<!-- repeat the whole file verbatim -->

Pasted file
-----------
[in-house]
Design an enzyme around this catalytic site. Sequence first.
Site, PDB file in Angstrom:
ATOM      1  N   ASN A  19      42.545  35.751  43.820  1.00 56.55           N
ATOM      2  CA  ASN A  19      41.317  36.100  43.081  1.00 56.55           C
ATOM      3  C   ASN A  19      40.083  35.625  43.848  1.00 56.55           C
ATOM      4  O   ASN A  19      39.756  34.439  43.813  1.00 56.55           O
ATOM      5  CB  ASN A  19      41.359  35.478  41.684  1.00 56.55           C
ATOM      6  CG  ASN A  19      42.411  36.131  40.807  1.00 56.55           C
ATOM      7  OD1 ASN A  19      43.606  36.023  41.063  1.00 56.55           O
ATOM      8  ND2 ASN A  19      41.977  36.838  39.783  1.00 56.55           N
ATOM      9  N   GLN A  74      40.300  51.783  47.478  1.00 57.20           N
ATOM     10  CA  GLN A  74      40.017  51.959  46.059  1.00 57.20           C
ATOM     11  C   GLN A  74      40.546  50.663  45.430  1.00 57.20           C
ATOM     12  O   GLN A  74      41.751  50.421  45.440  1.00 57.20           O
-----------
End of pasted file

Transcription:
[in-house]
Design an enzyme around this catalytic site. Sequence first.
Site, PDB file in Angstrom:
ATOM      1  N   ASN A  19      42.545  35.751  43.820  1.00 56.55           N
ATOM      2  CA  ASN A  19      41.317  36.100  43.081  1.00 56.55           C
ATOM      3  C   ASN A  19      40.083  35.625  43.848  1.00 56.55           C
ATOM      4  O   ASN A  19      39.756  34.439  43.813  1.00 56.55           O
ATOM      5  CB  ASN A  19      41.359  35.478  41.684  1.00 56.55           C
ATOM      6  CG  ASN A  19      42.411  36.131  40.807  1.00 56.55           C
ATOM      7  OD1 ASN A  19      43.606  36.023  41.063  1.00 56.55           O
ATOM      8  ND2 ASN A  19      41.977  36.838  39.783  1.00 56.55           N
ATOM      9  N   GLN A  74      40.300  51.783  47.478  1.00 57.20           N
ATOM     10  CA  GLN A  74      40.017  51.959  46.059  1.00 57.20           C
ATOM     11  C   GLN A  74      40.546  50.663  45.430  1.00 57.20           C
ATOM     12  O   GLN A  74      41.751  50.421  45.440  1.00 57.20           O